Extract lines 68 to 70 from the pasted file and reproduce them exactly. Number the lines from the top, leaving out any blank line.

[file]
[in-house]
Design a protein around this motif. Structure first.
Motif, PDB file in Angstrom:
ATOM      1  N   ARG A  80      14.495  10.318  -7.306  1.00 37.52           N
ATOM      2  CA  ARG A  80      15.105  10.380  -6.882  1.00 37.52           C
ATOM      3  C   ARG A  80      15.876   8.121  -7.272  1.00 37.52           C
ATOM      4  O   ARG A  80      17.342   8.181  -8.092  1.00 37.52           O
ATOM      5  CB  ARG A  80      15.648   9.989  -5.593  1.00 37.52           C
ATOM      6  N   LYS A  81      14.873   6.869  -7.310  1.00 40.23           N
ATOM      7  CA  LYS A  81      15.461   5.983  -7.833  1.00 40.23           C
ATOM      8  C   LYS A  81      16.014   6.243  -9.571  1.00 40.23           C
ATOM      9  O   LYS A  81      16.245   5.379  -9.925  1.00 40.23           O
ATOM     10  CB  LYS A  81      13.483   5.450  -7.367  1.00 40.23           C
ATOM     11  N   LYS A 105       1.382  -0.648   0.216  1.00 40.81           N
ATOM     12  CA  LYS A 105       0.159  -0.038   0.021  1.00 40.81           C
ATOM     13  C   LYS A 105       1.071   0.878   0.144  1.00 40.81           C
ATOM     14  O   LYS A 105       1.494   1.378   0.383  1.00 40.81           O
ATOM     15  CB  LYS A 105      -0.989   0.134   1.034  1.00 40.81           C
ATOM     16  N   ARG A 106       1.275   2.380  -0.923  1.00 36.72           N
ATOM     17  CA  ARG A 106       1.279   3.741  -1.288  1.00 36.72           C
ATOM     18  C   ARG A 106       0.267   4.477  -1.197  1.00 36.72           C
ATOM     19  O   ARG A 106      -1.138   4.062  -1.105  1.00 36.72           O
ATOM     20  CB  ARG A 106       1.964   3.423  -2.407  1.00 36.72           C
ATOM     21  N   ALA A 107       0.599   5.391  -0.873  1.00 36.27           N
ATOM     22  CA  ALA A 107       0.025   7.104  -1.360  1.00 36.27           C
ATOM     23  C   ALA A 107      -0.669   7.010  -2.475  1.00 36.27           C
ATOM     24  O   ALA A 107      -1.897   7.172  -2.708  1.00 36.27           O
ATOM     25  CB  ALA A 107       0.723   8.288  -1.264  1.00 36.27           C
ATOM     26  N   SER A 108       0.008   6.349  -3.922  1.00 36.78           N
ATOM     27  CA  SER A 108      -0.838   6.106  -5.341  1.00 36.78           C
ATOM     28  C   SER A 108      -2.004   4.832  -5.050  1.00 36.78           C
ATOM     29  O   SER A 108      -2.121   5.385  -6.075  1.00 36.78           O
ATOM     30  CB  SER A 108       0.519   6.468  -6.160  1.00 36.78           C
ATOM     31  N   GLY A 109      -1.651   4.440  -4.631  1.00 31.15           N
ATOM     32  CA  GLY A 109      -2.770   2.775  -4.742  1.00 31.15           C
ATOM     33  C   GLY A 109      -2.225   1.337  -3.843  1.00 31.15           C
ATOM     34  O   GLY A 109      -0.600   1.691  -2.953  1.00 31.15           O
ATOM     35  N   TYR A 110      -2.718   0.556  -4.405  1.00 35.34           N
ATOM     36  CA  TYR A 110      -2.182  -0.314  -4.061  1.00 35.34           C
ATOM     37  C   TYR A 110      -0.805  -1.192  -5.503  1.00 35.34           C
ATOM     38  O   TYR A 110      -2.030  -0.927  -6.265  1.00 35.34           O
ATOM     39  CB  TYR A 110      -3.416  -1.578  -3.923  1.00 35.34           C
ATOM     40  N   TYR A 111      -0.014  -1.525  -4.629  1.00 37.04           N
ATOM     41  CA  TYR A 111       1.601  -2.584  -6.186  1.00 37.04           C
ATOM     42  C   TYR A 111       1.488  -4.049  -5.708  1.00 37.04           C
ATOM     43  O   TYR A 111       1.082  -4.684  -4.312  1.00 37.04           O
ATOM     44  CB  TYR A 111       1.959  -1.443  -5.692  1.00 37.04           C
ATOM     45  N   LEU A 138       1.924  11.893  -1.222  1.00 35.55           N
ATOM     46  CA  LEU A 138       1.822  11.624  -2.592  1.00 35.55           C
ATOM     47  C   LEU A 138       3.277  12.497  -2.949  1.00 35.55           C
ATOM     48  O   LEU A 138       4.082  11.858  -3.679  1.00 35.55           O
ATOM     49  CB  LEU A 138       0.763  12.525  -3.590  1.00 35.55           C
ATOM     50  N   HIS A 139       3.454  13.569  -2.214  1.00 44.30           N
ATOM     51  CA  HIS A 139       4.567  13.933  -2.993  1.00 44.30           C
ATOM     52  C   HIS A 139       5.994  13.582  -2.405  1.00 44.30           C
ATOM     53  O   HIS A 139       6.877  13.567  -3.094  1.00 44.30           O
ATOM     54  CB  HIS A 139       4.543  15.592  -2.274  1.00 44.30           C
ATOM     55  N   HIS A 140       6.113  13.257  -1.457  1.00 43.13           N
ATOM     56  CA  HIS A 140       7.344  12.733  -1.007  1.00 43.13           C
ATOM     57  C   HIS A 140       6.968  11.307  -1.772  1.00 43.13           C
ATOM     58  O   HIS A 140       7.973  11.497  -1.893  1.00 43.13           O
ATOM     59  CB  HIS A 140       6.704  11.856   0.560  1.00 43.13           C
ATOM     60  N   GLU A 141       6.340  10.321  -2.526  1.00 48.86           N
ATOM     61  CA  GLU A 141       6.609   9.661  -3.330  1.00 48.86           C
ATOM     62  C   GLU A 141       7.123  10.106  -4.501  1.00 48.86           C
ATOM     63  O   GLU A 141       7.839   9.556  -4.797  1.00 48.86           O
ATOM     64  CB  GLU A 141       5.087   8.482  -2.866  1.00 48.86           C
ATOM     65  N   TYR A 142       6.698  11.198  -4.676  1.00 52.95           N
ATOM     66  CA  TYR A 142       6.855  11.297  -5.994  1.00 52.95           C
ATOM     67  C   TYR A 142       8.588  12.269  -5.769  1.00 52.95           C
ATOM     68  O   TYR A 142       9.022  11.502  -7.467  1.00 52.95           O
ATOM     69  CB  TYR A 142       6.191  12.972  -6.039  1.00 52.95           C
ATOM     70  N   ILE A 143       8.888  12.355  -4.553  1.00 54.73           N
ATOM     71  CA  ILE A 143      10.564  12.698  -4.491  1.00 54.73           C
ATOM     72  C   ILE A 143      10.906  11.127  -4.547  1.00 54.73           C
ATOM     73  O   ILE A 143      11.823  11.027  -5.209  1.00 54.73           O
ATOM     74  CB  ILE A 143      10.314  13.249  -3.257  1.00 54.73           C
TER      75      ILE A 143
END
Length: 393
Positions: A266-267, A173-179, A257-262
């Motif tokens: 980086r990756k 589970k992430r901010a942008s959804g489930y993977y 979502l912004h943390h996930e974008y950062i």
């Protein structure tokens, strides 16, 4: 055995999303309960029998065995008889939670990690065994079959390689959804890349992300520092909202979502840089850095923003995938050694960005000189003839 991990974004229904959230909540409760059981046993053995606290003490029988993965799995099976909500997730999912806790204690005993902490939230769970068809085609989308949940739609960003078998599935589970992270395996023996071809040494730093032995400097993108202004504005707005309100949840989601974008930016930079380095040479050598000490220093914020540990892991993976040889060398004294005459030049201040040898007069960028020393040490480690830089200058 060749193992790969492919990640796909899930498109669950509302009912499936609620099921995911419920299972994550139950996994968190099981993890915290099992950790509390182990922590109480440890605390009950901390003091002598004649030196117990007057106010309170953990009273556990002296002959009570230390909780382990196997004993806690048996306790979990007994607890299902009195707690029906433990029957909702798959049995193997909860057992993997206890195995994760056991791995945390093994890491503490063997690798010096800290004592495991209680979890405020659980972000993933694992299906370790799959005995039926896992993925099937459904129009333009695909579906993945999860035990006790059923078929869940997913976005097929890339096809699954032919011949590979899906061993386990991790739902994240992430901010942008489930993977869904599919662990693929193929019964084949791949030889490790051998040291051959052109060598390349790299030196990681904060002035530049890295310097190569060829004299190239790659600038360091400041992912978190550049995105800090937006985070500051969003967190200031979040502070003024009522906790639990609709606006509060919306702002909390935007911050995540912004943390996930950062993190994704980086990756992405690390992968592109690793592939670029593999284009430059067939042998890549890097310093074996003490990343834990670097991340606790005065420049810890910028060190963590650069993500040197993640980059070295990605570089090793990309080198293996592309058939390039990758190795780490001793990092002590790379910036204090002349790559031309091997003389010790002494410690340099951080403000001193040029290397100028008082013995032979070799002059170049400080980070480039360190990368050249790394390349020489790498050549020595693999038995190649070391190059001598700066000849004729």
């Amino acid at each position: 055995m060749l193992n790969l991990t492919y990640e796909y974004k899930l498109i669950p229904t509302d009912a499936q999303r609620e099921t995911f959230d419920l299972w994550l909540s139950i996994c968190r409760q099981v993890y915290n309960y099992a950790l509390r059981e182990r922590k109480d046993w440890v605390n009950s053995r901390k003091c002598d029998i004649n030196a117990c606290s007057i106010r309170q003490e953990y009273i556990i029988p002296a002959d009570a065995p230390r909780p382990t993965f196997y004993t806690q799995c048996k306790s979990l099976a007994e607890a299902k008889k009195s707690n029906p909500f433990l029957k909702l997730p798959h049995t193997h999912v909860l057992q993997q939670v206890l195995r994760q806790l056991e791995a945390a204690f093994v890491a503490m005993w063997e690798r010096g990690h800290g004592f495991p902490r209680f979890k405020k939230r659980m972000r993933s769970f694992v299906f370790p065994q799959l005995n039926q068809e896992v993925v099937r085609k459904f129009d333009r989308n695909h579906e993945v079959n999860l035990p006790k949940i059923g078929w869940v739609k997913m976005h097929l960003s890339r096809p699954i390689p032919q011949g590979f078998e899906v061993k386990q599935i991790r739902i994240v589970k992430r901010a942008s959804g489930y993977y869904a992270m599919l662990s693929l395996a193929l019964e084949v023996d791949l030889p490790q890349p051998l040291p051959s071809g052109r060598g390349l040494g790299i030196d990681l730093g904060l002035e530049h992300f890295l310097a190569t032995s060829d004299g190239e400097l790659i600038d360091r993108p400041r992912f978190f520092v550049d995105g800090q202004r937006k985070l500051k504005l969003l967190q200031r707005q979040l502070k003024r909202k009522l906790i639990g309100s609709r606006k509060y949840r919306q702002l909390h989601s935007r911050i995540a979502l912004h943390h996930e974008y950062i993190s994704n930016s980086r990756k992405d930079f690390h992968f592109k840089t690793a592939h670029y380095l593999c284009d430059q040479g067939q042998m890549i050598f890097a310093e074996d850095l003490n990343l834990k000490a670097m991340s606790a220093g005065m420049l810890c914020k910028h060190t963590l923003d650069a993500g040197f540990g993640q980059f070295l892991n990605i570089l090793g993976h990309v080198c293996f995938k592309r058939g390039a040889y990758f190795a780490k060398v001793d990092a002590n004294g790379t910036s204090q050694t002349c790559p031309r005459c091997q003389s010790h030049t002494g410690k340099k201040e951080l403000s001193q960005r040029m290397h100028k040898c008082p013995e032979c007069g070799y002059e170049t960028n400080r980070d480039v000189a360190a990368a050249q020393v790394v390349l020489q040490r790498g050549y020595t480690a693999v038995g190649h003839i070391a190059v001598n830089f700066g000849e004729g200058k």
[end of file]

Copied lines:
ATOM     65  N   TYR A 142       6.698  11.198  -4.676  1.00 52.95           N
ATOM     66  CA  TYR A 142       6.855  11.297  -5.994  1.00 52.95           C
ATOM     67  C   TYR A 142       8.588  12.269  -5.769  1.00 52.95           C